Based in New York City, How to be Single tells the story of a group of woman coming to terms with single life in 2016, each coming at the issue from a different stage of their life. Despite a promising concept and a decent cast, ‘How to be Single’ tries to do too much, overstuffed with characters, sub plots and awkward humor, it is a bit all over the place.
The film follows 3 women as they deal with single life but it is unclear who is the main character. Despite being all over the posters, Rebel Wilson’s character of Robin really has a very limited role in this film. Despite being a constant presence in the first 25-30 minutes she disappears for a big chunk of the film before re-appearing in the last 20 minutes. Wilson is great for what little she had to do, unfortunately her character does become jarring after a while. It feels like she plays the same character in everything these days.
You would assume Dakota Johnson’s Alice is the main character, and it is probably who the director intends for her character to be. However, her storyline in the film of coming to terms with being single whilst bouncing from one relationship to the next, seems the least thought out of many storylines flowing throughout this film.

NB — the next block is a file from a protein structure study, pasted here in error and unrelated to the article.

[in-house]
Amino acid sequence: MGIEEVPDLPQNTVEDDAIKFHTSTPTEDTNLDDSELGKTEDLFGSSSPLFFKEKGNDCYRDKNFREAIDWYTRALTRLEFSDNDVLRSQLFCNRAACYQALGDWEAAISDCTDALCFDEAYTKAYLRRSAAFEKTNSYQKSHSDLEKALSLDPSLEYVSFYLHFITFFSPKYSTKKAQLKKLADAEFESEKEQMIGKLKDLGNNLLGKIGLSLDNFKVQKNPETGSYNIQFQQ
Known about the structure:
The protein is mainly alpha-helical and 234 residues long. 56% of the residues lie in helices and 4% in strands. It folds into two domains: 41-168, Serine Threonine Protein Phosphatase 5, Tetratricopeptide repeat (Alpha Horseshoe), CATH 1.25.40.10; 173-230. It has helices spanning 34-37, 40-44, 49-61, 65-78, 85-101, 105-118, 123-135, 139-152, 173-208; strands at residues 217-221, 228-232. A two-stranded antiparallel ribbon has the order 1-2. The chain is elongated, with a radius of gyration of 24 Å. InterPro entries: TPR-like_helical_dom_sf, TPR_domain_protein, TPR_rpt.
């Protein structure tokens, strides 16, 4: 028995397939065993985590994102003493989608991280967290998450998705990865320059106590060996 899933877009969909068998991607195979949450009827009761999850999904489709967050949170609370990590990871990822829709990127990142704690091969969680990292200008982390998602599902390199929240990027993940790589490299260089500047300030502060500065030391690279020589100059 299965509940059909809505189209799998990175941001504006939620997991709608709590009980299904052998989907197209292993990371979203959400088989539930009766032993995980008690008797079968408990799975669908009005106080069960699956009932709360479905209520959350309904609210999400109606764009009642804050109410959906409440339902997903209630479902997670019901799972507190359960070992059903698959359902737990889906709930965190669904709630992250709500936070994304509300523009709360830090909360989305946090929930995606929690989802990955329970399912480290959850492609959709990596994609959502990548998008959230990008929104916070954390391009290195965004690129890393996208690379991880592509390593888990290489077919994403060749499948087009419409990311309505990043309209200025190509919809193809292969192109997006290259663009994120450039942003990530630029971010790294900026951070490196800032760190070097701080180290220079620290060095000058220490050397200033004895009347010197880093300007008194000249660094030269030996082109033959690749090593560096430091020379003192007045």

Johnson is great as Alice, likable and relatable and showed great comic timing with what little comedy she had to work with. However, her character makes many questionable decisions that ultimately make’s her unlikeable towards the end. Her Storyline really dragged the film down in many ways and seemed quite pointless in the end.
Then you have Leslie Mann’s character of Meg, Alice’s sister, who we learn at the start of the film that her career driven life isn’t enough for her anymore and decides to have a child despite being single herself. Mann is easily the best thing in this film, stealing every scene she is in, her storyline seemed the most real of all the subplots stuffed into this film. And the films biggest flaw is not focusing more on her character and less on Alice.
The film also focused quite a bit on bartender, Tom, played by Ander Helm, which seemed the most unnecessary off all the storylines in the film. His Character was very clichéd, a ladies man who talks about hating relationships despite being in love with his best friend Lucy, played by Allison Brie. Whilst Helm was fine in the role, this plot meant nothing by the end of the film, coming to a bizarre unsatisfying conclusion. The storyline seemed pointless and such like, with Alice’s storyline going nowhere.
Despite Leslie Mann’s Character, and proving some laughs particularly in the first 30 minutes, the film veers off course into a forgettable drama about single life. The film is over filled with characters, subplots and awkward humor, full of cliché’s seen time and time again in better romantic comedies.
By Simon Hanson